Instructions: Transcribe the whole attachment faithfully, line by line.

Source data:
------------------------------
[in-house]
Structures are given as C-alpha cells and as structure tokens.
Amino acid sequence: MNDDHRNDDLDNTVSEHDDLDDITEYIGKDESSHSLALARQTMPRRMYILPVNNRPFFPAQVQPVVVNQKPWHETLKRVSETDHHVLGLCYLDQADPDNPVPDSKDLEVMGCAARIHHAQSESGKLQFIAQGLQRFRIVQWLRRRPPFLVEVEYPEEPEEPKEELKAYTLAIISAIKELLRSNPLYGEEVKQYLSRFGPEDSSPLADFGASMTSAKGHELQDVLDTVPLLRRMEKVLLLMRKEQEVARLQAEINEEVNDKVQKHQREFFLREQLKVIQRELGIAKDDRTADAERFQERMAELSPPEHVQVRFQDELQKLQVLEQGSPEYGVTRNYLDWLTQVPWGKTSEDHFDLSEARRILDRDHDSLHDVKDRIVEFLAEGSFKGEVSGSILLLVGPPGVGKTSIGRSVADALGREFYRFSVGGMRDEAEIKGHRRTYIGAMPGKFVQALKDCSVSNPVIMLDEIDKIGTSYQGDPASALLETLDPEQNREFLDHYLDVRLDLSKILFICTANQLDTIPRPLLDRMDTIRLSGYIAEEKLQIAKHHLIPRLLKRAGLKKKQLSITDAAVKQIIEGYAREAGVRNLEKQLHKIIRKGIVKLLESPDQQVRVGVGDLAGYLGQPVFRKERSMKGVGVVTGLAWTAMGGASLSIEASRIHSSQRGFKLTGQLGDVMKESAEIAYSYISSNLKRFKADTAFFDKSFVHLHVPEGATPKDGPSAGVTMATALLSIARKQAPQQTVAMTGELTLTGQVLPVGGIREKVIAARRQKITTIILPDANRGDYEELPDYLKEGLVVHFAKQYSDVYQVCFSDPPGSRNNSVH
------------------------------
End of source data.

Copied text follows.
[in-house]
Structures are given as C-alpha cells and as structure tokens.
Amino acid sequence: MNDDHRNDDLDNTVSEHDDLDDITEYIGKDESSHSLALARQTMPRRMYILPVNNRPFFPAQVQPVVVNQKPWHETLKRVSETDHHVLGLCYLDQADPDNPVPDSKDLEVMGCAARIHHAQSESGKLQFIAQGLQRFRIVQWLRRRPPFLVEVEYPEEPEEPKEELKAYTLAIISAIKELLRSNPLYGEEVKQYLSRFGPEDSSPLADFGASMTSAKGHELQDVLDTVPLLRRMEKVLLLMRKEQEVARLQAEINEEVNDKVQKHQREFFLREQLKVIQRELGIAKDDRTADAERFQERMAELSPPEHVQVRFQDELQKLQVLEQGSPEYGVTRNYLDWLTQVPWGKTSEDHFDLSEARRILDRDHDSLHDVKDRIVEFLAEGSFKGEVSGSILLLVGPPGVGKTSIGRSVADALGREFYRFSVGGMRDEAEIKGHRRTYIGAMPGKFVQALKDCSVSNPVIMLDEIDKIGTSYQGDPASALLETLDPEQNREFLDHYLDVRLDLSKILFICTANQLDTIPRPLLDRMDTIRLSGYIAEEKLQIAKHHLIPRLLKRAGLKKKQLSITDAAVKQIIEGYAREAGVRNLEKQLHKIIRKGIVKLLESPDQQVRVGVGDLAGYLGQPVFRKERSMKGVGVVTGLAWTAMGGASLSIEASRIHSSQRGFKLTGQLGDVMKESAEIAYSYISSNLKRFKADTAFFDKSFVHLHVPEGATPKDGPSAGVTMATALLSIARKQAPQQTVAMTGELTLTGQVLPVGGIREKVIAARRQKITTIILPDANRGDYEELPDYLKEGLVVHFAKQYSDVYQVCFSDPPGSRNNSVH